The Indian village of Vrindavan is believed by many Hindus to be the physical manifestation of heaven as well as the place in which the deity Krishna assumed human form thousands of years ago and lived a single life as a man. The Hindi word vrinda translates to “a devotion to spiritual purity.” To Krishna devotees, the village and the miles of hills surrounding it are extremely sacred.

This selection of photographs comes from a larger body of Shane Lavalette’s work created during a short time he spent living in Vrindavan. While there, he observed “in the people a spiritual richness that transcended their material lives. Made during the early morning hours, as the sun rises and the village wakes, these photographs capture the quiet of the place as daily rituals commence.”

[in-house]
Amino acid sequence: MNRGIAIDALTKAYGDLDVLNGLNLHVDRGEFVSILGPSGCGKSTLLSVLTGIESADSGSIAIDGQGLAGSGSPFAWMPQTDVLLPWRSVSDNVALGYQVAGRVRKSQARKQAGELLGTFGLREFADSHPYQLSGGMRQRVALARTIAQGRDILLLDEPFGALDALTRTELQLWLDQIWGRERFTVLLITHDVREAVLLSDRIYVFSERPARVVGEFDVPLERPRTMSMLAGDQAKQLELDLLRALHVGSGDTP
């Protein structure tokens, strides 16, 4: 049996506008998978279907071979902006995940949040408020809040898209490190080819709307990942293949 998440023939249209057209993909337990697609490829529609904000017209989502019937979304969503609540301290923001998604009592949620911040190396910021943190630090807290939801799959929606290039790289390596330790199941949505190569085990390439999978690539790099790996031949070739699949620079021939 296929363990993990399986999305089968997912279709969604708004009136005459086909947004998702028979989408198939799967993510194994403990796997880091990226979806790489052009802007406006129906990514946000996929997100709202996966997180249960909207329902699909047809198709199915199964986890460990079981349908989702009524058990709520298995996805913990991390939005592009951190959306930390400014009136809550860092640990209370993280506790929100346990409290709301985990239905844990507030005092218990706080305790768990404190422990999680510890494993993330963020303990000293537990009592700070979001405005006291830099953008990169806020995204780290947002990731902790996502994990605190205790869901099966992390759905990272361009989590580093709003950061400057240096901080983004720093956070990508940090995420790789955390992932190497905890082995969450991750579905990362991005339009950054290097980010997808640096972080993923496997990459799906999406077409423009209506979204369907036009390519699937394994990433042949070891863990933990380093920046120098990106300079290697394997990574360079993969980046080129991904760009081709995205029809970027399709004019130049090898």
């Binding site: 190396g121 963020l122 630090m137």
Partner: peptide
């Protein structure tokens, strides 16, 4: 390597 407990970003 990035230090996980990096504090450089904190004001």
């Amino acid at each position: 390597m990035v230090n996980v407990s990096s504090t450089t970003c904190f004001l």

Shane Lavalette (b. 1987, Burlington, VT) currently lives and works in Somerville, MA. He received his BFA from Tufts University in partnership with The School of the Museum of Fine Arts, Boston. Lavalette’s photographs have been exhibited widely and published in the New York Times Magazine, Vice Magazine, Slash, and PIG. His work was recently featured in Humble Arts Foundation’s book The Collector’s Guide to Emerging Art Photography and his project “Slí na Boirne” was selected as a winner of the Yousuf Karsh Prize in Photography.

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